Anyone who has spent a summer (or even a meal) at GUCI know we have a lot of shtick. Not familiar with that term? According to Wikipedia (valid source right?), a shtick (Yiddish: שטיק) is a comic theme or gimmick. The word entered the English language from the Yiddish shtik (שטיק), in turn derived from German Stück and Polish sztuka (both ultimately from Proto-Germanic *stukkiją), all meaning “piece” or “thing.”
Shtick is not specific only to GUCI, but something that is as synonymous with summer camp as campfires and s’mores. We yell silly things, we do absurd dance moves or just celebrate strange things, like curly fries. From seemingly random cheers in the Chadar Ochel (dining hall) to unique cheers on Yom Sport (GUCI’s version of Color Wars), GUCI shtick can happen anywhere and anytime during the summer.
But why do we do it? Who started it? In this series, we will explore the history of GUCI shtick. Today, we start with three pieces of shtick (or seemingly random traditions) commonly found/heard/seen in Zionsville.
Green Team Cheer: “Holy Moly Guacamole, Avocadoes are Green!”
A classic Green Team cheer that is yelled all day on Yom Sport by the Green Team. Seems to have been around for forever, right? No! Former GUCI camper and staff member, Molly Krause tells us that this particular cheer actually originated in Kallah Aleph (first session) of 2000. A Shoresh camper, named Sara Gottschalk came up with it and taught it to the team. Well done Sara!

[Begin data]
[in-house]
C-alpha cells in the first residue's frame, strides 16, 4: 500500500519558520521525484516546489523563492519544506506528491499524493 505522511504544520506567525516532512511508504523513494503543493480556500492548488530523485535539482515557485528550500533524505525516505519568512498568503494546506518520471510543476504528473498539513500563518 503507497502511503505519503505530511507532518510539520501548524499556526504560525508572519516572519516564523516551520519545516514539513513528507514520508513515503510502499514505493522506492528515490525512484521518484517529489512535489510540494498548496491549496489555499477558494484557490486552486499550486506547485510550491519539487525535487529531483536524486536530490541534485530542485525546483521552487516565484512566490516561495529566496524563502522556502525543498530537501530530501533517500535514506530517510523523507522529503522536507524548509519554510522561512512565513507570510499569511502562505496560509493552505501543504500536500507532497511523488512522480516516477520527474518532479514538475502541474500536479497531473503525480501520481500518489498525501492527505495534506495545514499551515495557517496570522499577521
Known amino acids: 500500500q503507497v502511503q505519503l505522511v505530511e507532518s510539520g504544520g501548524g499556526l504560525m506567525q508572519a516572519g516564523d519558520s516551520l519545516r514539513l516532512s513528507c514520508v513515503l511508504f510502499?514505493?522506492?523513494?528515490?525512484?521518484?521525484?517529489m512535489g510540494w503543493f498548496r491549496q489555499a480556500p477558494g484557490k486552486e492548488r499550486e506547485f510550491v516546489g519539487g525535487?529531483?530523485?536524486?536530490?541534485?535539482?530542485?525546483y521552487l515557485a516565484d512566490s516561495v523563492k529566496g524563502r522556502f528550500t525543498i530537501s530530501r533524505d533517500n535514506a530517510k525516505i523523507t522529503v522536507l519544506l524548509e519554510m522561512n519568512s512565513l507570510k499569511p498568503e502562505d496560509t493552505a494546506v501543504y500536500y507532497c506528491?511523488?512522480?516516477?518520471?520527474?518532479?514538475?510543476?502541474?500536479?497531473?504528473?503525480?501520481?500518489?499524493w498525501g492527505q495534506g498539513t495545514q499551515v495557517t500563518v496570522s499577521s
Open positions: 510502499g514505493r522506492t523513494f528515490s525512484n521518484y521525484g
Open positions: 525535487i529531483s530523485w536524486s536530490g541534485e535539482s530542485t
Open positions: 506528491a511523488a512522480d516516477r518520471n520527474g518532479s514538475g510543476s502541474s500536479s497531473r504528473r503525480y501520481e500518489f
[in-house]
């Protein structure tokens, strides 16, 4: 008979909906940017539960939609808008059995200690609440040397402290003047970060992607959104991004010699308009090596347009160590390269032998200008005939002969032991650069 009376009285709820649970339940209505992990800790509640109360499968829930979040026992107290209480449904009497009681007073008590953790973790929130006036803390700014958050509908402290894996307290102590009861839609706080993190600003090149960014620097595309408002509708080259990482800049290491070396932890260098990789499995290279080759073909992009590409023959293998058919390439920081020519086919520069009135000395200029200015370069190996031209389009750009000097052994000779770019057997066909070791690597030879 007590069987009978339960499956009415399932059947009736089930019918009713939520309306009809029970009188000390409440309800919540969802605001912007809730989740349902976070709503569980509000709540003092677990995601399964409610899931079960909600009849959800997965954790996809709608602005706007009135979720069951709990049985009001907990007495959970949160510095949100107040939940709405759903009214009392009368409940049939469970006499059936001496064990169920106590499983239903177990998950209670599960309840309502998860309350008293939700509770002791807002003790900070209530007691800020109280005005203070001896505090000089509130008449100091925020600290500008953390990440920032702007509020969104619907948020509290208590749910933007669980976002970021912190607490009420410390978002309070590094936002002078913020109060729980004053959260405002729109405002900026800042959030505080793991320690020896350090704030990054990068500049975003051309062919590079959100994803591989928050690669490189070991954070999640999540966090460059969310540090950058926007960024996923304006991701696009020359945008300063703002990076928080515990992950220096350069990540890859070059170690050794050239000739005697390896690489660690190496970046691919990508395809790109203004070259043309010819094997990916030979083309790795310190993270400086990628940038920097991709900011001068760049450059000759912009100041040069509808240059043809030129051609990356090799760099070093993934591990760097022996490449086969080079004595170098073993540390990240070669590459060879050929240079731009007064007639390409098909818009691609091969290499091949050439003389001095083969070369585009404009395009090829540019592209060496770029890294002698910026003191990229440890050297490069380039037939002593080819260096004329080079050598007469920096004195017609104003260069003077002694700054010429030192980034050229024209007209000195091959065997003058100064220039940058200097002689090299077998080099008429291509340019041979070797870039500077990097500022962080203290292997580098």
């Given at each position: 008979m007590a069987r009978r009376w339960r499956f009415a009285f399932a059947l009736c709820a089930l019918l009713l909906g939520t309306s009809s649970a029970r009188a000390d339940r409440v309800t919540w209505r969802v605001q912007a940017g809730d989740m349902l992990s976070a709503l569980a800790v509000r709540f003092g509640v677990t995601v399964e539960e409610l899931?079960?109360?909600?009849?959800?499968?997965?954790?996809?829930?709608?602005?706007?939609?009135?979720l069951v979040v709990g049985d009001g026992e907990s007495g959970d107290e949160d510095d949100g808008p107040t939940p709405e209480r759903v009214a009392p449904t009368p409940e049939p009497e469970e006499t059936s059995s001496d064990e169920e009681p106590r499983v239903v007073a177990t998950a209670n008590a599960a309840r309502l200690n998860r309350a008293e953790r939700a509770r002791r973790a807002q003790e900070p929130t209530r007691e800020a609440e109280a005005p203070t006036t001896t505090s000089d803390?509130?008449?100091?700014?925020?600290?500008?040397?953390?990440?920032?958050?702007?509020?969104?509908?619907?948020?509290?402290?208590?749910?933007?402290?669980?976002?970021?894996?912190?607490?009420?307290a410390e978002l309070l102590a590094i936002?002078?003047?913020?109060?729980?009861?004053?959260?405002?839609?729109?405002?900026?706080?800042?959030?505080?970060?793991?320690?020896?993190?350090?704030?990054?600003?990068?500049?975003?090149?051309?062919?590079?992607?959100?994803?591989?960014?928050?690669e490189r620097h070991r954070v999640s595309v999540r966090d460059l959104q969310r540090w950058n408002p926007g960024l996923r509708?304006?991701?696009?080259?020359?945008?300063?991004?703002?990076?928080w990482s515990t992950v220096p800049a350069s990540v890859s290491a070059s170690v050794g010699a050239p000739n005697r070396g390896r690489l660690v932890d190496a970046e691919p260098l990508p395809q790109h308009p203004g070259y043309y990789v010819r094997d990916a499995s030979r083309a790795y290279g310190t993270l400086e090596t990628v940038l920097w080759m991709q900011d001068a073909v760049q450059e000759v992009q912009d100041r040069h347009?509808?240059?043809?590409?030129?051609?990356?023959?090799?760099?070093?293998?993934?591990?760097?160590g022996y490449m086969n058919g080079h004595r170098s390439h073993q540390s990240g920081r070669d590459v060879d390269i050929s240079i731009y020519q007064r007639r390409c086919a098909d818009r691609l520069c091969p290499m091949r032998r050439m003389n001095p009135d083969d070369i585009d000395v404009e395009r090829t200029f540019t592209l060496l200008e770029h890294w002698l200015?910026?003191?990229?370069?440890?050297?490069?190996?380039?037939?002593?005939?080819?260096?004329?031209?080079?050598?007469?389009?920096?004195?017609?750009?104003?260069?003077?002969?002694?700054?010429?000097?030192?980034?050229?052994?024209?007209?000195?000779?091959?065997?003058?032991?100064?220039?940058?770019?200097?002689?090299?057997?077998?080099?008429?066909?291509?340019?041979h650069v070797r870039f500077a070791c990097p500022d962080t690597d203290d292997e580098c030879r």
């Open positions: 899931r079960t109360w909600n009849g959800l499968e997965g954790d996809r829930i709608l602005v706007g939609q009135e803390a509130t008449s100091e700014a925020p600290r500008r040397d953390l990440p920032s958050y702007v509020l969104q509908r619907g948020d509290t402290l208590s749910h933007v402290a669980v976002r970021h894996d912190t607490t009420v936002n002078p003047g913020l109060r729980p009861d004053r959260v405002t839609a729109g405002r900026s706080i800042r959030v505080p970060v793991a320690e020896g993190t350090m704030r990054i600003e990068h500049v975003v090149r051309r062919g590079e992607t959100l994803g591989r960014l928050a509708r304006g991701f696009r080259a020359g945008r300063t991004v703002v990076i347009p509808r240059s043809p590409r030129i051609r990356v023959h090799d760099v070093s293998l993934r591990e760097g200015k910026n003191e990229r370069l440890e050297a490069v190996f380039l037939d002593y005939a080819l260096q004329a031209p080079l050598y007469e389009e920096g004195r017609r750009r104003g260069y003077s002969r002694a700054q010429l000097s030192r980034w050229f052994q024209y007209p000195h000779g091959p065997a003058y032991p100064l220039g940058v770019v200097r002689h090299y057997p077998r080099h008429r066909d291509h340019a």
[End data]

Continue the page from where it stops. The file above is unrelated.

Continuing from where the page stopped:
In Cabins 11-18, campers stand with their arms around each other as the Shabbat Walk comes through the area.
If you have joined us for a Shabbat at camp, you know we begin Friday evenings with a Shabbat Walk that starts in the “up-top” area, near our office, then goes through each of the cabin areas and ends with us all singing together in the Beit T’filah for services. Traditionally, song leaders kick off the Shabbat Walk and lead us in beautiful music throughout the walk. When we approach the area of cabins 11-18, you will notice the campers and staff all standing together with their arms around one another.
It is a beautiful tradition that former GUCI camper and staff member, now-turned Rabbi, Jon Kleinman tells us that this first began the summer of 2004 with himself, Matt Friedman and Chase Foster with more staff and eventually all the campers joining in.
While not necessarily recognized each summer at camp, from time to time there is a celebration on July 14 known as Bastille Day. Bastille Day is the common name given in English-speaking countries to the national day of France, which is celebrated on July 14 each year. But why would this be celebrated at a Jewish summer camp?
Former GUCI camper and staff member, Reid Myers tells us that in 2005, the second session campers in Avodah got jealous that first session campers got a fun patriotic event (Fourth of July), but nothing for Kallah Bet. One particularly creative Avodahnik, Harrison Weiss, decided they would begin to celebrate Bastille Day. They got the then-program director, Rabbi Dan Schwartz on board and “ran around the old pool during roll call, and did something during lunch. We also ran around camp chanting ‘The Revolution is alive, Bastille Day 2005.’ At dinner, I think we did a dress-up-like-a-Frenchman competition, of which everyone was the winner” (because of course everyone is a winner at Goldman Union Camp Institute).
What is your favorite GUCI shtick and/or tradition? Do you have some background knowledge on one that you would like to share with us? Fill out this form and we might feature your story in our next post!